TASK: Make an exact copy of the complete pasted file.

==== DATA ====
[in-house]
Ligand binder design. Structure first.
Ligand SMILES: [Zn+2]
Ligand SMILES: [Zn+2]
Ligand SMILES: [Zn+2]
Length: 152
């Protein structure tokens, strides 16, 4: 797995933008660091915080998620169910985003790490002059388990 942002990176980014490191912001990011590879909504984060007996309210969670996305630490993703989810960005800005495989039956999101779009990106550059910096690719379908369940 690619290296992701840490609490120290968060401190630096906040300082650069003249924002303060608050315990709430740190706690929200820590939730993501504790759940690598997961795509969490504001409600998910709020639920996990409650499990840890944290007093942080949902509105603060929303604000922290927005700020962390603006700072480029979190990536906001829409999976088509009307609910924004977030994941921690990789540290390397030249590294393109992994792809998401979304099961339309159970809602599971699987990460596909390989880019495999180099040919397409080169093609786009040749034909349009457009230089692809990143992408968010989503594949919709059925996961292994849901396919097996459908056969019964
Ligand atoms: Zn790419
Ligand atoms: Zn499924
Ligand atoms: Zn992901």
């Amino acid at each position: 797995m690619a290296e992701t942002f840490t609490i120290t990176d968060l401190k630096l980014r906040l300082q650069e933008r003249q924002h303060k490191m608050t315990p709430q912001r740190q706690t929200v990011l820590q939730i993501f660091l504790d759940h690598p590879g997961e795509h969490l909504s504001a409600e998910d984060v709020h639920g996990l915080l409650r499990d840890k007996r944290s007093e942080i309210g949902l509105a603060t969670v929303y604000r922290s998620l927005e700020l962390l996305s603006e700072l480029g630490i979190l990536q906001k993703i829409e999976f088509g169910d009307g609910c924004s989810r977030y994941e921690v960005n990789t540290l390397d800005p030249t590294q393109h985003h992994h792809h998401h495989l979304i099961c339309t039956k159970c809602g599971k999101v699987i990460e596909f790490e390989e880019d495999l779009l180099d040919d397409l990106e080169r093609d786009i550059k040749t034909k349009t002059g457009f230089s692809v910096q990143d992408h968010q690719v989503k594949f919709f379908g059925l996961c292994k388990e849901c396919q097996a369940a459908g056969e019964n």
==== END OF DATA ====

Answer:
[in-house]
Ligand binder design. Structure first.
Ligand SMILES: [Zn+2]
Ligand SMILES: [Zn+2]
Ligand SMILES: [Zn+2]
Length: 152
């Protein structure tokens, strides 16, 4: 797995933008660091915080998620169910985003790490002059388990 942002990176980014490191912001990011590879909504984060007996309210969670996305630490993703989810960005800005495989039956999101779009990106550059910096690719379908369940 690619290296992701840490609490120290968060401190630096906040300082650069003249924002303060608050315990709430740190706690929200820590939730993501504790759940690598997961795509969490504001409600998910709020639920996990409650499990840890944290007093942080949902509105603060929303604000922290927005700020962390603006700072480029979190990536906001829409999976088509009307609910924004977030994941921690990789540290390397030249590294393109992994792809998401979304099961339309159970809602599971699987990460596909390989880019495999180099040919397409080169093609786009040749034909349009457009230089692809990143992408968010989503594949919709059925996961292994849901396919097996459908056969019964
Ligand atoms: Zn790419
Ligand atoms: Zn499924
Ligand atoms: Zn992901």
């Amino acid at each position: 797995m690619a290296e992701t942002f840490t609490i120290t990176d968060l401190k630096l980014r906040l300082q650069e933008r003249q924002h303060k490191m608050t315990p709430q912001r740190q706690t929200v990011l820590q939730i993501f660091l504790d759940h690598p590879g997961e795509h969490l909504s504001a409600e998910d984060v709020h639920g996990l915080l409650r499990d840890k007996r944290s007093e942080i309210g949902l509105a603060t969670v929303y604000r922290s998620l927005e700020l962390l996305s603006e700072l480029g630490i979190l990536q906001k993703i829409e999976f088509g169910d009307g609910c924004s989810r977030y994941e921690v960005n990789t540290l390397d800005p030249t590294q393109h985003h992994h792809h998401h495989l979304i099961c339309t039956k159970c809602g599971k999101v699987i990460e596909f790490e390989e880019d495999l779009l180099d040919d397409l990106e080169r093609d786009i550059k040749t034909k349009t002059g457009f230089s692809v910096q990143d992408h968010q690719v989503k594949f919709f379908g059925l996961c292994k388990e849901c396919q097996a369940a459908g056969e019964n």